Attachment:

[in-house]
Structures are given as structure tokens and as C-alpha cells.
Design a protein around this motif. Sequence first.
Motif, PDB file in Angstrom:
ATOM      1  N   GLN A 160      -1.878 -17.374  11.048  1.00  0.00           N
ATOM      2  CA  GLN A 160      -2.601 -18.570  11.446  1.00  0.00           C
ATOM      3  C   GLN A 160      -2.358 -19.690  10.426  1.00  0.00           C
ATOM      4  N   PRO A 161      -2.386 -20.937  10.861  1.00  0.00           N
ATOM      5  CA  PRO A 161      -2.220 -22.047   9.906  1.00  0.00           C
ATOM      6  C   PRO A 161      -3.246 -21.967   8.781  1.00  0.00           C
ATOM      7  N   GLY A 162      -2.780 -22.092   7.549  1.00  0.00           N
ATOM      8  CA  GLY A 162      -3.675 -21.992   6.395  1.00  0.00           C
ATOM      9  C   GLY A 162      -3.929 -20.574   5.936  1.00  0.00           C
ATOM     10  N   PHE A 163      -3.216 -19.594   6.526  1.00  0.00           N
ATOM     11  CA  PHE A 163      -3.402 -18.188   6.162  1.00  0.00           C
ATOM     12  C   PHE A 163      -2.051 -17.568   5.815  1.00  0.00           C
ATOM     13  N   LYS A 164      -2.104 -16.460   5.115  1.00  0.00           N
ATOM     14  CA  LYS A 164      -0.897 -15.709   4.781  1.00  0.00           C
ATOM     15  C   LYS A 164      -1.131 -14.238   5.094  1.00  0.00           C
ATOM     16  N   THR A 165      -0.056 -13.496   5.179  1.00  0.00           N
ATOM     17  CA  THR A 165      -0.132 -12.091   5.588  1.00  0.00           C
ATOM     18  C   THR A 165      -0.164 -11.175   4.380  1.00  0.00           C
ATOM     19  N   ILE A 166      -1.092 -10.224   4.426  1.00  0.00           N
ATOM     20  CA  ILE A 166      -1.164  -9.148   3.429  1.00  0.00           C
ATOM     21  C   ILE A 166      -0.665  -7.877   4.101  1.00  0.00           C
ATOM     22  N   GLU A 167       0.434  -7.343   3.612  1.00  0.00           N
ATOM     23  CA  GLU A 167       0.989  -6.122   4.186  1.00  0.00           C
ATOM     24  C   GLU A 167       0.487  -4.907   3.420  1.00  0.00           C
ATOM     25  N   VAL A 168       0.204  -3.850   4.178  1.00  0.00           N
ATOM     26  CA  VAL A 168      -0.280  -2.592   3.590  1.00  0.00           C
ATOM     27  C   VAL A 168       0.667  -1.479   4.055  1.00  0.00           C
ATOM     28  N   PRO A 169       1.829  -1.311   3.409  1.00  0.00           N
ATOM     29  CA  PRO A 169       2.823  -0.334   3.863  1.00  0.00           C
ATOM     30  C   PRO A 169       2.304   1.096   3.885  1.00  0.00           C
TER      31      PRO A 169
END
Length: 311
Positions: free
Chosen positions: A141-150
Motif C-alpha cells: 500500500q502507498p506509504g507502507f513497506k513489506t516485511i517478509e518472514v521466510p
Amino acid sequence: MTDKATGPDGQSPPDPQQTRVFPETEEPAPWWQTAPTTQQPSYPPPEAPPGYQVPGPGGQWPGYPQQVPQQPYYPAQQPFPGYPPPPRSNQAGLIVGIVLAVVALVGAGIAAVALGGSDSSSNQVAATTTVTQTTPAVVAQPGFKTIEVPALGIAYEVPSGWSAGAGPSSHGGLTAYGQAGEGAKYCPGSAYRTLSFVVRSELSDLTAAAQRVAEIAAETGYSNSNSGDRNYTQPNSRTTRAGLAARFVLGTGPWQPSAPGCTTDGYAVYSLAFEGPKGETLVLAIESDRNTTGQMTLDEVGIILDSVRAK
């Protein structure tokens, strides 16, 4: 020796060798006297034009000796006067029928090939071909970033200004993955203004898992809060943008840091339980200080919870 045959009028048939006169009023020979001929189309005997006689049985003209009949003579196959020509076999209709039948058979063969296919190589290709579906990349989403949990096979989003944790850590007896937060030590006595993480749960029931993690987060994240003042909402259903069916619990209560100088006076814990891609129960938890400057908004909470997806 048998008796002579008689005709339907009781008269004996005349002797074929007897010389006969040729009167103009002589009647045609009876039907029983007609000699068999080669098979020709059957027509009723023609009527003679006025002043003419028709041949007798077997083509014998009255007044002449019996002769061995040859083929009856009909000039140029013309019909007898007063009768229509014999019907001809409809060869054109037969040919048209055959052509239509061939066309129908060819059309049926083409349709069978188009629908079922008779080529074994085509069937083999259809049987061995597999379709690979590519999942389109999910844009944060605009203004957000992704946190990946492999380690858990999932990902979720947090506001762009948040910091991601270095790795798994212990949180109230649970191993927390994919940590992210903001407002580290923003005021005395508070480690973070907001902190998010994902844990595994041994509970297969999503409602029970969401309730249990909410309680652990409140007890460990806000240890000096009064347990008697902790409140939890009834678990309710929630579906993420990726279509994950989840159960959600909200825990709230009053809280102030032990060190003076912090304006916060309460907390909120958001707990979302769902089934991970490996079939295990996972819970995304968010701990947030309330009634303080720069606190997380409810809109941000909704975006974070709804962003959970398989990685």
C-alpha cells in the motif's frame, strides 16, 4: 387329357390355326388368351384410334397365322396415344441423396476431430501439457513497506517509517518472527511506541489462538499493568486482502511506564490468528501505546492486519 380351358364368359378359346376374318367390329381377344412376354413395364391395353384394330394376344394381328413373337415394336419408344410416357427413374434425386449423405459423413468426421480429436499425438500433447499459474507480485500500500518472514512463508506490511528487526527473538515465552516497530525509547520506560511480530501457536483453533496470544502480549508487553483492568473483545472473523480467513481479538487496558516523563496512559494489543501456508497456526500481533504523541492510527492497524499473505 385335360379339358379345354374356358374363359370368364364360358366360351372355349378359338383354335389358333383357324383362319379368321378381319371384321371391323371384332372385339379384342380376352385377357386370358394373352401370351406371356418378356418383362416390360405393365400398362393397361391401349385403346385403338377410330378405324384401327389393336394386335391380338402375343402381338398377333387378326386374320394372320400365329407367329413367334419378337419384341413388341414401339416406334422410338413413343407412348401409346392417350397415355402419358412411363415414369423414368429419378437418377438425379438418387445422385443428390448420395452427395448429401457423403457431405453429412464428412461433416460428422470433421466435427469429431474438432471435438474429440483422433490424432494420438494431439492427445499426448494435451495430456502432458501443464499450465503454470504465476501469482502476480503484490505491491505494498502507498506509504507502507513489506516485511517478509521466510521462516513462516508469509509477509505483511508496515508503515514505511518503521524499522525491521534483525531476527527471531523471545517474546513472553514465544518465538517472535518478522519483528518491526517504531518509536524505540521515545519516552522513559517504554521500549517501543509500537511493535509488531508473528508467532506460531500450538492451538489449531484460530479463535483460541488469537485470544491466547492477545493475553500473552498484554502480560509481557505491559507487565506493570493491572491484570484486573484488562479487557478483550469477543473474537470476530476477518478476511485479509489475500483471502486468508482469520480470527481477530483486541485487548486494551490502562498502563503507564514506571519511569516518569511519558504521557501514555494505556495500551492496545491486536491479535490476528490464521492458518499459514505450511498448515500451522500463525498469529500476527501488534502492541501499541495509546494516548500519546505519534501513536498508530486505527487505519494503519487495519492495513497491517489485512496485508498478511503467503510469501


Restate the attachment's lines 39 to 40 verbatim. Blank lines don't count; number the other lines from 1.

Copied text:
Chosen positions: A141-150
Motif C-alpha cells: 500500500q502507498p506509504g507502507f513497506k513489506t516485511i517478509e518472514v521466510p